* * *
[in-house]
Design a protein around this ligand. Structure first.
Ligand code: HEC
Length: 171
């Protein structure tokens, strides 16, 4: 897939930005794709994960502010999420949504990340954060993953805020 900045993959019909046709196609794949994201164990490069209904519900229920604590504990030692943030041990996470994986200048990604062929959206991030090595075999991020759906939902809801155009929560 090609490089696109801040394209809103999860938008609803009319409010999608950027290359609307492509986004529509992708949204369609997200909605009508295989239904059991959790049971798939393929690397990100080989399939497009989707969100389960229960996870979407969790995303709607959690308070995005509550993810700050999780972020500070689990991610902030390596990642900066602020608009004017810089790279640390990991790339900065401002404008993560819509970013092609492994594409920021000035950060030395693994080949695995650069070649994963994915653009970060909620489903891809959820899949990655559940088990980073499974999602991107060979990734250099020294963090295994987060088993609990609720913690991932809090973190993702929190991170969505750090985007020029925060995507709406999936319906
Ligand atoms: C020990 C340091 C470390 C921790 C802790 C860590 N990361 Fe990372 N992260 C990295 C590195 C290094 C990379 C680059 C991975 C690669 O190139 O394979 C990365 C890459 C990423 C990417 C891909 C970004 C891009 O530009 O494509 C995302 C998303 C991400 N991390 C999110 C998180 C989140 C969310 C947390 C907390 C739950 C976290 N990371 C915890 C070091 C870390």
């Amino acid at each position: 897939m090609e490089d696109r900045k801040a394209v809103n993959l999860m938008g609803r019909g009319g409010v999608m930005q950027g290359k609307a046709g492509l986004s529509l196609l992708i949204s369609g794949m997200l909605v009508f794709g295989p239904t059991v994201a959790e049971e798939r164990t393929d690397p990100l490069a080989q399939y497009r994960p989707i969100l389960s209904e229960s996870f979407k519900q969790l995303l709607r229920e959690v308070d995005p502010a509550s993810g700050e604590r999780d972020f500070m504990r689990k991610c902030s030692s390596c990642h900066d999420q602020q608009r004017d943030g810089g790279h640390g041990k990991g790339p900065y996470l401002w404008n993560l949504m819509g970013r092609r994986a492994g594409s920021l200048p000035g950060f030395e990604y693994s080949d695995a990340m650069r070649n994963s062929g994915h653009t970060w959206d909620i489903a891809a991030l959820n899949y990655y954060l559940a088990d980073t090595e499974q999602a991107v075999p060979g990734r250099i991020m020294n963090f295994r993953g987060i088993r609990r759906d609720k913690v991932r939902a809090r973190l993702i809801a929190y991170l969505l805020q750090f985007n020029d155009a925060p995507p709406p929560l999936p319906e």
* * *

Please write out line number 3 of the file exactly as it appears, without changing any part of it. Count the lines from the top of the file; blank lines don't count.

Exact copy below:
Ligand code: HEC